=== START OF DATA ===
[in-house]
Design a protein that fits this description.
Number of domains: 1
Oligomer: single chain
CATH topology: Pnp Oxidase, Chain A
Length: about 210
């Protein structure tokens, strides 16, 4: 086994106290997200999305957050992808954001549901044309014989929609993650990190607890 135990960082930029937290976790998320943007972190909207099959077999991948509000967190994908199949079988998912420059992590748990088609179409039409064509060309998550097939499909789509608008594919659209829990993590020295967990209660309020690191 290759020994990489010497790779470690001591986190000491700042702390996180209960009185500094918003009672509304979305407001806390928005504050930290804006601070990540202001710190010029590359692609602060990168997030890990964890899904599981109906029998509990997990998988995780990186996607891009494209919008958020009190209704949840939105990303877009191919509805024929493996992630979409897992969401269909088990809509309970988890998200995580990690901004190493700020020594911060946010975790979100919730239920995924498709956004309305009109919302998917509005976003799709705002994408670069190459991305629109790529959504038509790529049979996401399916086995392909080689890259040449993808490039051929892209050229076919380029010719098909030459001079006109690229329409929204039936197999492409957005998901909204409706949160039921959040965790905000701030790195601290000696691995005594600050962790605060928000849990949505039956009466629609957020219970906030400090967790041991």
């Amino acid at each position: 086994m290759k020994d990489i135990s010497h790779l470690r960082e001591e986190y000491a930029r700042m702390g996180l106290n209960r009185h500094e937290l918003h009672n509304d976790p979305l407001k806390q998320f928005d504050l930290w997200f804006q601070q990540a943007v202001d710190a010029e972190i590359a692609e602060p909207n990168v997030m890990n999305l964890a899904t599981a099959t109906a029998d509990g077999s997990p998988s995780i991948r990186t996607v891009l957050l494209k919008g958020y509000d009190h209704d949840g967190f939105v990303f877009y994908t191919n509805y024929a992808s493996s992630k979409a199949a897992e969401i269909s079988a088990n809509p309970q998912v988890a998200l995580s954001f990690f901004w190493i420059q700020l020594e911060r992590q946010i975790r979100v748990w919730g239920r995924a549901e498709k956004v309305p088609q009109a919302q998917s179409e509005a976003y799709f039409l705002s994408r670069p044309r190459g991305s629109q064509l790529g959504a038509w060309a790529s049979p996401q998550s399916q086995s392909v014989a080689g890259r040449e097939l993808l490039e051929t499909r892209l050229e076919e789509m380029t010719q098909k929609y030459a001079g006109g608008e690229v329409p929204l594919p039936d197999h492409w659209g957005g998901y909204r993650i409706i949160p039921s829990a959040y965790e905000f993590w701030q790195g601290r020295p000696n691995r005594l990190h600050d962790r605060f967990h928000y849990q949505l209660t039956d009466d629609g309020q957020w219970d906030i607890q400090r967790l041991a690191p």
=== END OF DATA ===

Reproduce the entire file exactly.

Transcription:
[in-house]
Design a protein that fits this description.
Number of domains: 1
Oligomer: single chain
CATH topology: Pnp Oxidase, Chain A
Length: about 210
């Protein structure tokens, strides 16, 4: 086994106290997200999305957050992808954001549901044309014989929609993650990190607890 135990960082930029937290976790998320943007972190909207099959077999991948509000967190994908199949079988998912420059992590748990088609179409039409064509060309998550097939499909789509608008594919659209829990993590020295967990209660309020690191 290759020994990489010497790779470690001591986190000491700042702390996180209960009185500094918003009672509304979305407001806390928005504050930290804006601070990540202001710190010029590359692609602060990168997030890990964890899904599981109906029998509990997990998988995780990186996607891009494209919008958020009190209704949840939105990303877009191919509805024929493996992630979409897992969401269909088990809509309970988890998200995580990690901004190493700020020594911060946010975790979100919730239920995924498709956004309305009109919302998917509005976003799709705002994408670069190459991305629109790529959504038509790529049979996401399916086995392909080689890259040449993808490039051929892209050229076919380029010719098909030459001079006109690229329409929204039936197999492409957005998901909204409706949160039921959040965790905000701030790195601290000696691995005594600050962790605060928000849990949505039956009466629609957020219970906030400090967790041991």
């Amino acid at each position: 086994m290759k020994d990489i135990s010497h790779l470690r960082e001591e986190y000491a930029r700042m702390g996180l106290n209960r009185h500094e937290l918003h009672n509304d976790p979305l407001k806390q998320f928005d504050l930290w997200f804006q601070q990540a943007v202001d710190a010029e972190i590359a692609e602060p909207n990168v997030m890990n999305l964890a899904t599981a099959t109906a029998d509990g077999s997990p998988s995780i991948r990186t996607v891009l957050l494209k919008g958020y509000d009190h209704d949840g967190f939105v990303f877009y994908t191919n509805y024929a992808s493996s992630k979409a199949a897992e969401i269909s079988a088990n809509p309970q998912v988890a998200l995580s954001f990690f901004w190493i420059q700020l020594e911060r992590q946010i975790r979100v748990w919730g239920r995924a549901e498709k956004v309305p088609q009109a919302q998917s179409e509005a976003y799709f039409l705002s994408r670069p044309r190459g991305s629109q064509l790529g959504a038509w060309a790529s049979p996401q998550s399916q086995s392909v014989a080689g890259r040449e097939l993808l490039e051929t499909r892209l050229e076919e789509m380029t010719q098909k929609y030459a001079g006109g608008e690229v329409p929204l594919p039936d197999h492409w659209g957005g998901y909204r993650i409706i949160p039921s829990a959040y965790e905000f993590w701030q790195g601290r020295p000696n691995r005594l990190h600050d962790r605060f967990h928000y849990q949505l209660t039956d009466d629609g309020q957020w219970d906030i607890q400090r967790l041991a690191p």